Melbourne will be home to an international-standard artificial intelligence (AI) centre, pending a formal agreement with the next federal government.

The effort is part of the Andrews Labor Government’s plan to attract AI talent from around the country and the world, boosting employment opportunities in new and emerging tech sectors such as the healthcare industry, biomedicine, and robotics.

The Labor Government will contribute $1 million toward establishing the National Centre for Artificial Intelligence in Melbourne, funds that would be combined with the $3 million committed to reviewing AI technology announced by Labor last year.

“This centre will help turbo-charge Victoria’s innovation ecosystem – it will be great to have it in Melbourne,” Minister for Innovation Martin Pakula said in a statement.  “Artificial intelligence is becoming the defining technology that is changing the way business is done, from autonomous vehicles and healthcare robots to the latest agriculture technology.”

The state’s $1 million investment to the proposed centre would help identify and establish a location for the new national centre, bringing together a mix of established businesses, startups and tertiary institutions.

“The big philosophy behind the centre is to start getting the national consciousness around AI, both its benefits and also some of the potential drawbacks, being considered in a central point – to think ahead about maximising the benefit and sidestepping some of the problems that might emerge, specifically in the labour market area,” shadow digital economy minister Ed Husic told the publication InnovationAus.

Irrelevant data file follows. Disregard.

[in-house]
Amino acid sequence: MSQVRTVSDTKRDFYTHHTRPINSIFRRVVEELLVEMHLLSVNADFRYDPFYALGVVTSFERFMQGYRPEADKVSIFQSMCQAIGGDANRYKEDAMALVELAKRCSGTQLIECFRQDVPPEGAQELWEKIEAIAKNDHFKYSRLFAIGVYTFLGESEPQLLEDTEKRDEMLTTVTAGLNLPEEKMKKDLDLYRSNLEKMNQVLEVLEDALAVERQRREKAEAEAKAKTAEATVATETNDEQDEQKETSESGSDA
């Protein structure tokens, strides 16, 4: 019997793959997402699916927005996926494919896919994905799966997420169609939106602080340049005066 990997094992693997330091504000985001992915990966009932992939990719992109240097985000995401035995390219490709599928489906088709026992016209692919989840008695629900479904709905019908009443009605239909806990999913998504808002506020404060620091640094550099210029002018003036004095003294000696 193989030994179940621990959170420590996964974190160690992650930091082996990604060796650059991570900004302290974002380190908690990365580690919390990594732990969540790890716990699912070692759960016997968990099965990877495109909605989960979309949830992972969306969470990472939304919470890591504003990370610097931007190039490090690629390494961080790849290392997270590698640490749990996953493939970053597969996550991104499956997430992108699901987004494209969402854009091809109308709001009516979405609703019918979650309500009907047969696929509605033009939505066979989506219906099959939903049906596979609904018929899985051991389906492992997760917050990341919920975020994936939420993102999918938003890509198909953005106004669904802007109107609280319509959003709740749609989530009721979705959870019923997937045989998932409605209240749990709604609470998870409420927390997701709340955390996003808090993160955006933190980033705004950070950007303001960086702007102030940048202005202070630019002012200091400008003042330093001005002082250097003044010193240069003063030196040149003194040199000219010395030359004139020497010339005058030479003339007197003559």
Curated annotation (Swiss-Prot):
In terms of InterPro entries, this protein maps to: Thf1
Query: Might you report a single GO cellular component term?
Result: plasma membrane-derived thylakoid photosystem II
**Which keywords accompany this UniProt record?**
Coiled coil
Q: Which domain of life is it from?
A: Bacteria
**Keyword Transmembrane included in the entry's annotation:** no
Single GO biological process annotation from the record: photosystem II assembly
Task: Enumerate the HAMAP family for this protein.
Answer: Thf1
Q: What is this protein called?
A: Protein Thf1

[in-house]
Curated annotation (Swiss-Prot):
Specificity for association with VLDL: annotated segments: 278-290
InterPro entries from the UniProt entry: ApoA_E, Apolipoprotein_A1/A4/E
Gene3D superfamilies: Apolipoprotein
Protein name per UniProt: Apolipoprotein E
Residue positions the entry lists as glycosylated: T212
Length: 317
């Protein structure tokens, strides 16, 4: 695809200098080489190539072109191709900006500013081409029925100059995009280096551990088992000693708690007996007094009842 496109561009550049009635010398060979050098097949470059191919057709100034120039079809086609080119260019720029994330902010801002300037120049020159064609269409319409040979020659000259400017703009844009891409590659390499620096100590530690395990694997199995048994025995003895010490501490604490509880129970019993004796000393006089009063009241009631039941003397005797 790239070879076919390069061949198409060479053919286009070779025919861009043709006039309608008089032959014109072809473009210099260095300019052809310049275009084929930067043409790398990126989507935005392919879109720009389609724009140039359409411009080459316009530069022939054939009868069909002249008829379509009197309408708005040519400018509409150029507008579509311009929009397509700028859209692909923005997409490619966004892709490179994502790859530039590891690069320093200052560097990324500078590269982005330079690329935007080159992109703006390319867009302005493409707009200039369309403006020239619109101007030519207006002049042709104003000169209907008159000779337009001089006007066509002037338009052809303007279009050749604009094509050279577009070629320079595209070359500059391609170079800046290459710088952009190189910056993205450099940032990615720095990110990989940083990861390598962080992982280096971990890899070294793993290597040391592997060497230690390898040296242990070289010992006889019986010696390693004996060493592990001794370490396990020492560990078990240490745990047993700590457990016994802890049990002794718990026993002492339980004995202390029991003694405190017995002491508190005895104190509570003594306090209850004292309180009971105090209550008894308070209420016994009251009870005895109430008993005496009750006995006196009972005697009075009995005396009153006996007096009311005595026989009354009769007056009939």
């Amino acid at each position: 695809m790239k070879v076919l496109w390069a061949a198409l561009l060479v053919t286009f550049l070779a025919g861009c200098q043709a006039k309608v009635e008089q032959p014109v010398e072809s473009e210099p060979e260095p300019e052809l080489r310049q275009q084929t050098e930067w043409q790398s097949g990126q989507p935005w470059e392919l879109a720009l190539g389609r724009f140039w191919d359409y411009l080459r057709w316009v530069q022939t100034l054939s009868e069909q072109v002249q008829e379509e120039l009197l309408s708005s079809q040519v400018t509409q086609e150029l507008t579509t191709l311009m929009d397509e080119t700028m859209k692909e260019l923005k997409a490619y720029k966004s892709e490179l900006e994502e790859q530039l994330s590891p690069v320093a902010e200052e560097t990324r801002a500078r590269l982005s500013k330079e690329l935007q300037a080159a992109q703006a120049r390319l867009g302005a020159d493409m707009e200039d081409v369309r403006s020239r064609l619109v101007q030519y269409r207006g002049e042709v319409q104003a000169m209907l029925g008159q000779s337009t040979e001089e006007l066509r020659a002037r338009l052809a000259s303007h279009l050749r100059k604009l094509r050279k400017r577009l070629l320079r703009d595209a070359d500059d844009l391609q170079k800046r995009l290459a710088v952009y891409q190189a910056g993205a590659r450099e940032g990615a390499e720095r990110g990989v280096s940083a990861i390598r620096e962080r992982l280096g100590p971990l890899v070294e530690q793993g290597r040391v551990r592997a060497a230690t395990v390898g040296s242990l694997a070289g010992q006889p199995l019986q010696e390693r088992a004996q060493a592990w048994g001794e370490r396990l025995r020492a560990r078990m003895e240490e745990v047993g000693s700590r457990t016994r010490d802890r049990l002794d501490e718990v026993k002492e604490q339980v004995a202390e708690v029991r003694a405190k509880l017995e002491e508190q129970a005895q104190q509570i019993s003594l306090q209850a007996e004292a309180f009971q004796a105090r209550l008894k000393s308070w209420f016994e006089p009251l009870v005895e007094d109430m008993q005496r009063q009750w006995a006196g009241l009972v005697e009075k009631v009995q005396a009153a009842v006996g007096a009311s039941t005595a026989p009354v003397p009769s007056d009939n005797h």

He explained the centre would be the common ground to bring together businesses, governments, unions and the community to see how Victoria can put AI to work and do it in a much better way than what the state has got at the moment.

The new centre will build on Victoria’s technology talent pool and established successes – Victorian universities are already producing about 37 per cent of Australia’s tech graduates, more than any other state.

“The government is ready to partner with the next Federal Government because Melbourne is the natural home to a national centre for artificial intelligence, Treasurer and Minister for Economic Development Tim Pallas said in a statement. “We are already attracting significant tech investment and we want to make Melbourne the drawcard for the best and brightest talent in the world.”

In an effort to deliver on safety for patients through the establishment of protocols around AI, the Royal Australian and New Zealand College of Radiologists (RANZCR) created a working group earlier this year to determine how the technology fits into the world of radiology and healthcare.

The University of Melbourne already has an A.I. and Autonomy Lab to develop innovative approaches to high-level cognitive reasoning, such as performing collaborative tasks, assessing the cognitive states of other agents, and human-agent interaction.



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